Speaking in the White House’s Cross Hall, with the long red-carpeted hallway framed by two rows of flickering candles, Biden said he was not calling for “taking up anyone’s guns.” He added that he was also not “defaming gun owners”. But he said the rights granted by the Second Amendment were not unlimited. He then set the limits he wanted.
Biden called for a ban on assault weapons and high-capacity magazines and, if such policies cannot be enacted, raising the age at which one can purchase an assault weapon from 18 to 21 years old. He called for strengthening background checks, repealing the legal immunity enjoyed by gunmakers, and codifying a ban on so-called phantom guns. And he called for tackling what he saw as America’s “mental health crisis” while expanding “red flag” laws.
“Why in the name of God should an ordinary citizen be able to buy an assault weapon with 30-round magazines that allow mass shooters to fire hundreds of bullets in minutes?” Biden said at one point.
Until Thursday, the White House had kept a strategic distance from legislative negotiations spawned by back-to-back mass shootings, first in Buffalo, NY, then in Uvalde, Texas, and Wednesday in Tulsa, Okla. spoke about their staff’s phone calls with legislative leaders, but were careful to omit any mention of Biden’s possible involvement. They minimized the ability to take additional and meaningful executive action that would evade the need for congressional input.
And while the president retains the bullying pulpit as one of his few remaining tools, he and his aides have at times seemed reluctant to use it.
Biden made the remarks after traveling to Buffalo and mourning with the victim’s families there and in Texas. But his public statements largely consisted of broad calls to tackle gun violence, not admonitions to those who stand in the way or even specific legislative reforms he would like to see. His appearances since then have been low-key and brief.
That also changed on Thursday, as Biden specifically called out Senate Republicans for using the filibuster to prevent the legislation from being considered.
“The fact that the majority of Senate Republicans don’t even want any of these proposals to be debated or put to a vote, I find unconscionable,” he proclaimed. It was a line his Democratic critics were eager to hear, though it likely won’t change realities in the Senate, where Republicans have shown no appetite to tackle sweeping proposals that they say them, would violate the firearms protected by the Constitution. ownership.
For presidents, prime time addresses are usually reserved for sober affairs. They mark national tragedies or shared and difficult times for the nation. When they celebrate triumphs, it is often in the form of a breakthrough in a long and drawn-out struggle: the murder of Osama bin Laden, for example, or the bombing of a Syrian airfield in response to chemical attacks in this country.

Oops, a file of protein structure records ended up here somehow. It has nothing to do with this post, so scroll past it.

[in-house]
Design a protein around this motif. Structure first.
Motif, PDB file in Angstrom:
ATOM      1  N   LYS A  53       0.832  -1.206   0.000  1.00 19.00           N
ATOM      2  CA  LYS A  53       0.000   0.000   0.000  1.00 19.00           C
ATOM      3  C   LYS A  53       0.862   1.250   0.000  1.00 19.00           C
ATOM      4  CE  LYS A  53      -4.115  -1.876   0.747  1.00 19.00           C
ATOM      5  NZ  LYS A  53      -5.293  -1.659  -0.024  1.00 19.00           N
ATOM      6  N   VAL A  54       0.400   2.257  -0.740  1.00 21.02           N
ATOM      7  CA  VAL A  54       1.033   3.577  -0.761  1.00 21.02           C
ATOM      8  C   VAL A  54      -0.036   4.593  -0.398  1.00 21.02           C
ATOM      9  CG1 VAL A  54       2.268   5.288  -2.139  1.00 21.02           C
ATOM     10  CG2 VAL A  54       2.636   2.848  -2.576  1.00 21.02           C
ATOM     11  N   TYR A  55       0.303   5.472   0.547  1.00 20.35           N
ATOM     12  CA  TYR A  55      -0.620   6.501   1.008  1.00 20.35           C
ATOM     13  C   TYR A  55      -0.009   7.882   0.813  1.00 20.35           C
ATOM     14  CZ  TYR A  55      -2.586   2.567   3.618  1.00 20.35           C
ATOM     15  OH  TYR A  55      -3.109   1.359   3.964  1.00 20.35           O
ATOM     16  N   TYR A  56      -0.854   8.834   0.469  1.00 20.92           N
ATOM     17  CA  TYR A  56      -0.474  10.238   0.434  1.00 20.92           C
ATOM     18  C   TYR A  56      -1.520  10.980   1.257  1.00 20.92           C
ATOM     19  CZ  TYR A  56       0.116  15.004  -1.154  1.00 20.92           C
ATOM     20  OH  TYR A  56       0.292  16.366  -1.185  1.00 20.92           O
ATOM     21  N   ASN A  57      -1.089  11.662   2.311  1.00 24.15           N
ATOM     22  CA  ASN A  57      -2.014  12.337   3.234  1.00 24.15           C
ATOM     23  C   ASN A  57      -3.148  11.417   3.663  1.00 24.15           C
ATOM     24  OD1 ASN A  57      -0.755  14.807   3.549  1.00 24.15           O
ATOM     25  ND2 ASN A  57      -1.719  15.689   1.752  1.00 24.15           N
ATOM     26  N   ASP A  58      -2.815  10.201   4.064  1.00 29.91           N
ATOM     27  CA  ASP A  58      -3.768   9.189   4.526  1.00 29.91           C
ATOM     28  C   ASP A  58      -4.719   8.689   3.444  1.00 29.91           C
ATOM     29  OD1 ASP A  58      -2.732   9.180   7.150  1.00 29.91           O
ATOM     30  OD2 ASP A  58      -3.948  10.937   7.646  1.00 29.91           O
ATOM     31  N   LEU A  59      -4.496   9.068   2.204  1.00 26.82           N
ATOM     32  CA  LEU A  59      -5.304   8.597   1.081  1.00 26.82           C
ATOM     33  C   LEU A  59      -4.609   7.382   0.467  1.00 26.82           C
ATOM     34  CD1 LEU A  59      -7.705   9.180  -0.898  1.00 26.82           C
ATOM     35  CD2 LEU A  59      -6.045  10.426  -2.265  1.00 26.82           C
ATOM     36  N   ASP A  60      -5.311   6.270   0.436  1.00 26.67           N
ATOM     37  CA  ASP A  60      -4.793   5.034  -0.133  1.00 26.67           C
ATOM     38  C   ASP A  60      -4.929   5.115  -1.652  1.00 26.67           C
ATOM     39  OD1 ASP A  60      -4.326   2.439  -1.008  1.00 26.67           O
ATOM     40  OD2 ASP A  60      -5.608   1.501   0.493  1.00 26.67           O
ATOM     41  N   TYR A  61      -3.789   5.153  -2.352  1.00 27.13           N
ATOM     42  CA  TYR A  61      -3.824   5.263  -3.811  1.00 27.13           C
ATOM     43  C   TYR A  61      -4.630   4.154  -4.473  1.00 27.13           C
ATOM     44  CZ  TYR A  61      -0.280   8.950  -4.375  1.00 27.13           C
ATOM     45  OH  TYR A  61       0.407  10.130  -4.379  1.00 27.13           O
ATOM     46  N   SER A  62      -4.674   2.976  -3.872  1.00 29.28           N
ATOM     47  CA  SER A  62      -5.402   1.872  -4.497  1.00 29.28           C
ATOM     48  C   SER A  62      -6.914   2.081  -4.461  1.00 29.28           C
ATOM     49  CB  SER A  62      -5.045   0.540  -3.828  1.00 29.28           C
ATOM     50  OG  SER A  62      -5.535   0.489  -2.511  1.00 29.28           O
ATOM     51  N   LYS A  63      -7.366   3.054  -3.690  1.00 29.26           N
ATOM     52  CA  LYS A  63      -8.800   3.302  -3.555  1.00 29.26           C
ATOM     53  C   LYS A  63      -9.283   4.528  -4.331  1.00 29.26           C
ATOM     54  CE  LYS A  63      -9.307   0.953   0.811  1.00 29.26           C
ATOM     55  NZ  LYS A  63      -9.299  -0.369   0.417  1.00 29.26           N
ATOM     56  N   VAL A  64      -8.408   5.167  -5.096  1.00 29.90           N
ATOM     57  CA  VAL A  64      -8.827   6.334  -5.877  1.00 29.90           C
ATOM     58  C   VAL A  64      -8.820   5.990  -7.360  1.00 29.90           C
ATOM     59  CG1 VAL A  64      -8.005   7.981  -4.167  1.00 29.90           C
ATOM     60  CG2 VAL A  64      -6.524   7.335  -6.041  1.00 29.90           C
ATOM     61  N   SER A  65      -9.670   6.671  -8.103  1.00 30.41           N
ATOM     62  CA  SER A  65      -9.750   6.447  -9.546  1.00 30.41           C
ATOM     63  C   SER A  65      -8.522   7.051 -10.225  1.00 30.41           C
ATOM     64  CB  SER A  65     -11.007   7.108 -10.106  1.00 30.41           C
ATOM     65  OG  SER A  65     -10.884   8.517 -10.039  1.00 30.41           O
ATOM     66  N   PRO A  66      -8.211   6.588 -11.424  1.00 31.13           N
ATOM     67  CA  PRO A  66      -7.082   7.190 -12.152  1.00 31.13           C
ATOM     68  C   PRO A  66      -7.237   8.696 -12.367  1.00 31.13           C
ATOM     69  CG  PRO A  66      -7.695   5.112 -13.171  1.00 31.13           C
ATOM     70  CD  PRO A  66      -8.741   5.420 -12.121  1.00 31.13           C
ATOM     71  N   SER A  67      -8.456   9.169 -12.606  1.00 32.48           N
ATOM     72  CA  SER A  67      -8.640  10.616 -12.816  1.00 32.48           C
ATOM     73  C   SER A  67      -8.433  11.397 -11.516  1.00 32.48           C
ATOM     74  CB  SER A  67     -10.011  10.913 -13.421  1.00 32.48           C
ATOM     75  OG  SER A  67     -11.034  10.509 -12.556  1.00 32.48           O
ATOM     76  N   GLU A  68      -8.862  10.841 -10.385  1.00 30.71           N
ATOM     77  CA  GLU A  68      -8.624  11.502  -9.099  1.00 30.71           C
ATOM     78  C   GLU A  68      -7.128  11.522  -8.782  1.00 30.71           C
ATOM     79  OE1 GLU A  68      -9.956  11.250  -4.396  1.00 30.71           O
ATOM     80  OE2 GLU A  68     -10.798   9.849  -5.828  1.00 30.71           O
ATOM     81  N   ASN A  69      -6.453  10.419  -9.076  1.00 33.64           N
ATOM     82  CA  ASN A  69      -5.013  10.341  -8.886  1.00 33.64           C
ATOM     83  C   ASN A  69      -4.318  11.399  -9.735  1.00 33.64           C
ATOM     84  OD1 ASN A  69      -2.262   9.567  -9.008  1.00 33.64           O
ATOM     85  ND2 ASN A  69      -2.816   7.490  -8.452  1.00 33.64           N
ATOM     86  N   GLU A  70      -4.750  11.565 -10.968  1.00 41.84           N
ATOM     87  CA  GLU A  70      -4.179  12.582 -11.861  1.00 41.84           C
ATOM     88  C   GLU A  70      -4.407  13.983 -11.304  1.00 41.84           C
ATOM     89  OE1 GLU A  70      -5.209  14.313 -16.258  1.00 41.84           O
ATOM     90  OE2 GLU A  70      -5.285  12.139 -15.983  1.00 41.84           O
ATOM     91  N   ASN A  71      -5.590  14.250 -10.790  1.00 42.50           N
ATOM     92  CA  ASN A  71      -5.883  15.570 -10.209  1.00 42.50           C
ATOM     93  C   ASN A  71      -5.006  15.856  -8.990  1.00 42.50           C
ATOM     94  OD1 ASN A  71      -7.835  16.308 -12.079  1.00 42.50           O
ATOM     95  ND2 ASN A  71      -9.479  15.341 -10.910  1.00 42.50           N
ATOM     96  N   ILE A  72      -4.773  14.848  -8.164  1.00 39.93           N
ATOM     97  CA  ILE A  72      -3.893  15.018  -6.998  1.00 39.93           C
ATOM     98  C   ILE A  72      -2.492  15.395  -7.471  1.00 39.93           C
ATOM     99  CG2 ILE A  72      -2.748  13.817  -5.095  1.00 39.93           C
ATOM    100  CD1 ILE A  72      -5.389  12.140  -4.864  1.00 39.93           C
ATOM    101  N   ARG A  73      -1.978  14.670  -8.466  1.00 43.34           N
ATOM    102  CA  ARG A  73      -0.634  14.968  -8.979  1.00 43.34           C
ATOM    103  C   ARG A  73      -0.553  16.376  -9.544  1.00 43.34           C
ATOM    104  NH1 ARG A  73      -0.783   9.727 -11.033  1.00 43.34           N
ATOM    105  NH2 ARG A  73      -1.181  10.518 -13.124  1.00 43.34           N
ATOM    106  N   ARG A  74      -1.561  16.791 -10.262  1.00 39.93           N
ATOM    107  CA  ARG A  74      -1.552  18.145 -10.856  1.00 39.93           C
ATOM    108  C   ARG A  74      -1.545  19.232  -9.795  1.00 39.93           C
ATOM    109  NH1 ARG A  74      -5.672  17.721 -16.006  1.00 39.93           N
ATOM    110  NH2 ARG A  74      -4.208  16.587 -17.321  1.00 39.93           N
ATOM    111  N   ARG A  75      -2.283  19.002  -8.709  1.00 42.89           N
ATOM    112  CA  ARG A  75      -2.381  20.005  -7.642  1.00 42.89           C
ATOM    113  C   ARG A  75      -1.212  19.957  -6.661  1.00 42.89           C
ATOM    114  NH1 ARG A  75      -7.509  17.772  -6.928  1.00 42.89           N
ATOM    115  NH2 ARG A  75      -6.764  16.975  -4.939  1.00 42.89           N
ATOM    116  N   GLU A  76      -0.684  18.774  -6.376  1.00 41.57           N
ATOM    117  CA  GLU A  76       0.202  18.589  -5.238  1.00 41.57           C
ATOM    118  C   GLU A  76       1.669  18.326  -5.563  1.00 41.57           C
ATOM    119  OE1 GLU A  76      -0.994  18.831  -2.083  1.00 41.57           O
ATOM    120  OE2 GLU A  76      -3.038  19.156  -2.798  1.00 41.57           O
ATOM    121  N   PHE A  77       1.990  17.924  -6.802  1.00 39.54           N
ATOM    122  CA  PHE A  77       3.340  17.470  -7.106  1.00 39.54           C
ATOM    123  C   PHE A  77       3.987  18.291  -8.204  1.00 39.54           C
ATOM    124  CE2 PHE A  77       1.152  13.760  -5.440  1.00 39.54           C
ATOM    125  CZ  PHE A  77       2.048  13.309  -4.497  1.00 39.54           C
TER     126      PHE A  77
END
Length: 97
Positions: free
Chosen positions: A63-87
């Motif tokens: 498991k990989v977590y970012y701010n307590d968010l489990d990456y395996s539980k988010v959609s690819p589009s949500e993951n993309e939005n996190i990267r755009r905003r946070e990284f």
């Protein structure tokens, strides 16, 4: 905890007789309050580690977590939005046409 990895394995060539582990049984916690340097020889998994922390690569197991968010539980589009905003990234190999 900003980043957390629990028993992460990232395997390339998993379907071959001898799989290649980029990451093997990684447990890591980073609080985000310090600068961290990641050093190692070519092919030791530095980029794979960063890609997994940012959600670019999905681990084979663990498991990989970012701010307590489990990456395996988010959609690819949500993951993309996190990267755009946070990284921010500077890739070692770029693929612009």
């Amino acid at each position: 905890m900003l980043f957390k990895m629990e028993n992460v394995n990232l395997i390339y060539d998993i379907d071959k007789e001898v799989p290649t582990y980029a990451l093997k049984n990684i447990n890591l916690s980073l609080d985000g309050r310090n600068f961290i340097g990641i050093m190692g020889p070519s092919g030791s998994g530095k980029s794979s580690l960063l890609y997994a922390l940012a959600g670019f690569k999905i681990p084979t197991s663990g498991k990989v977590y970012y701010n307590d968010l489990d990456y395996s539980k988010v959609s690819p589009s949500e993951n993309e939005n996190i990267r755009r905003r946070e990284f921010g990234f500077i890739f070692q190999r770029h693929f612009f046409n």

Biden’s previous two prime-time addresses have fit that mold. He spoke on the first anniversary of the country’s closure due to the Covid-19 pandemic, detailing the progress made in this fight and the sacrifices that have come with it. Later, he made remarks to the public on the verdict of Derek Chauvin, the former Minneapolis police officer who was convicted on all counts in the murder of George Floyd.
The shootings in Buffalo on May 14 and Texas on May 24 mark another kind of inflection point for this president, though he knows it from the past. Biden played a vital role in driving gun policy reforms in the 1990s — the last time Congress took significant action to limit access to guns. He also served as the Obama administration’s right-hand man as vice president when it embarked on pursuing its own reforms after the 2012 shooting at Sandy Hook Elementary School in the Connecticut.
But this latest effort ended in partial failure: a series of executive actions unaccompanied by legislative reforms, which failed to eliminate the Republican filibuster in the Senate.
Biden on Thursday referenced this tragedy and others, including several major school shootings in recent years, to lament the lack of action and demand that history not repeat itself once again. .
“My fellow Americans, enough is enough,” he said. “Enough. It’s time for each of us to do our part. It’s time to act. For the children we have lost, the children we can save, for the nation we love, let us hear the call and the cry Let’s meet the moment. Let’s finally do something.